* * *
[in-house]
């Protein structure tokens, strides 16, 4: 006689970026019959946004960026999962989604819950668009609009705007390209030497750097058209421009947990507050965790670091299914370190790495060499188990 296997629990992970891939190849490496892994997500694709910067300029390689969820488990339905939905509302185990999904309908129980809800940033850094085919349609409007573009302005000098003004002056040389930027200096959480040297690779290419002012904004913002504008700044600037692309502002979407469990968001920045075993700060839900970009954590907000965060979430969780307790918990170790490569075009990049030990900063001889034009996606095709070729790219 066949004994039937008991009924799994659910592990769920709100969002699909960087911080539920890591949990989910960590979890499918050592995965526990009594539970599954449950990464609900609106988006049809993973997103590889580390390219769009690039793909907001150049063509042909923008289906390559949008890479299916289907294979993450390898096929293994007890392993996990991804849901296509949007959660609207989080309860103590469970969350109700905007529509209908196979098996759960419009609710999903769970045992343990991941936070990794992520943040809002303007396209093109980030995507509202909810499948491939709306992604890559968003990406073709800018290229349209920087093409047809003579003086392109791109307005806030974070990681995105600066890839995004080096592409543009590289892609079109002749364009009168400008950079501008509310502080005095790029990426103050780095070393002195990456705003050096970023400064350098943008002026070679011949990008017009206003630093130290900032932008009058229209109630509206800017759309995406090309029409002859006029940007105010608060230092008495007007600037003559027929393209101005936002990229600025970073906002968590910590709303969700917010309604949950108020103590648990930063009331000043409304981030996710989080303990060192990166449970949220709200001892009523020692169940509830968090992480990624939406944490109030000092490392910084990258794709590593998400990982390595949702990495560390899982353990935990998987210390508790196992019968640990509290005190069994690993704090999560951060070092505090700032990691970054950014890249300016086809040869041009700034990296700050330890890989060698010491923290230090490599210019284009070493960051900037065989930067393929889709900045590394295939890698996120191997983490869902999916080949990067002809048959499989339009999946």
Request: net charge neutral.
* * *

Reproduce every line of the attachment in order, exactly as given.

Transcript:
[in-house]
């Protein structure tokens, strides 16, 4: 006689970026019959946004960026999962989604819950668009609009705007390209030497750097058209421009947990507050965790670091299914370190790495060499188990 296997629990992970891939190849490496892994997500694709910067300029390689969820488990339905939905509302185990999904309908129980809800940033850094085919349609409007573009302005000098003004002056040389930027200096959480040297690779290419002012904004913002504008700044600037692309502002979407469990968001920045075993700060839900970009954590907000965060979430969780307790918990170790490569075009990049030990900063001889034009996606095709070729790219 066949004994039937008991009924799994659910592990769920709100969002699909960087911080539920890591949990989910960590979890499918050592995965526990009594539970599954449950990464609900609106988006049809993973997103590889580390390219769009690039793909907001150049063509042909923008289906390559949008890479299916289907294979993450390898096929293994007890392993996990991804849901296509949007959660609207989080309860103590469970969350109700905007529509209908196979098996759960419009609710999903769970045992343990991941936070990794992520943040809002303007396209093109980030995507509202909810499948491939709306992604890559968003990406073709800018290229349209920087093409047809003579003086392109791109307005806030974070990681995105600066890839995004080096592409543009590289892609079109002749364009009168400008950079501008509310502080005095790029990426103050780095070393002195990456705003050096970023400064350098943008002026070679011949990008017009206003630093130290900032932008009058229209109630509206800017759309995406090309029409002859006029940007105010608060230092008495007007600037003559027929393209101005936002990229600025970073906002968590910590709303969700917010309604949950108020103590648990930063009331000043409304981030996710989080303990060192990166449970949220709200001892009523020692169940509830968090992480990624939406944490109030000092490392910084990258794709590593998400990982390595949702990495560390899982353990935990998987210390508790196992019968640990509290005190069994690993704090999560951060070092505090700032990691970054950014890249300016086809040869041009700034990296700050330890890989060698010491923290230090490599210019284009070493960051900037065989930067393929889709900045590394295939890698996120191997983490869902999916080949990067002809048959499989339009999946």
Request: net charge neutral.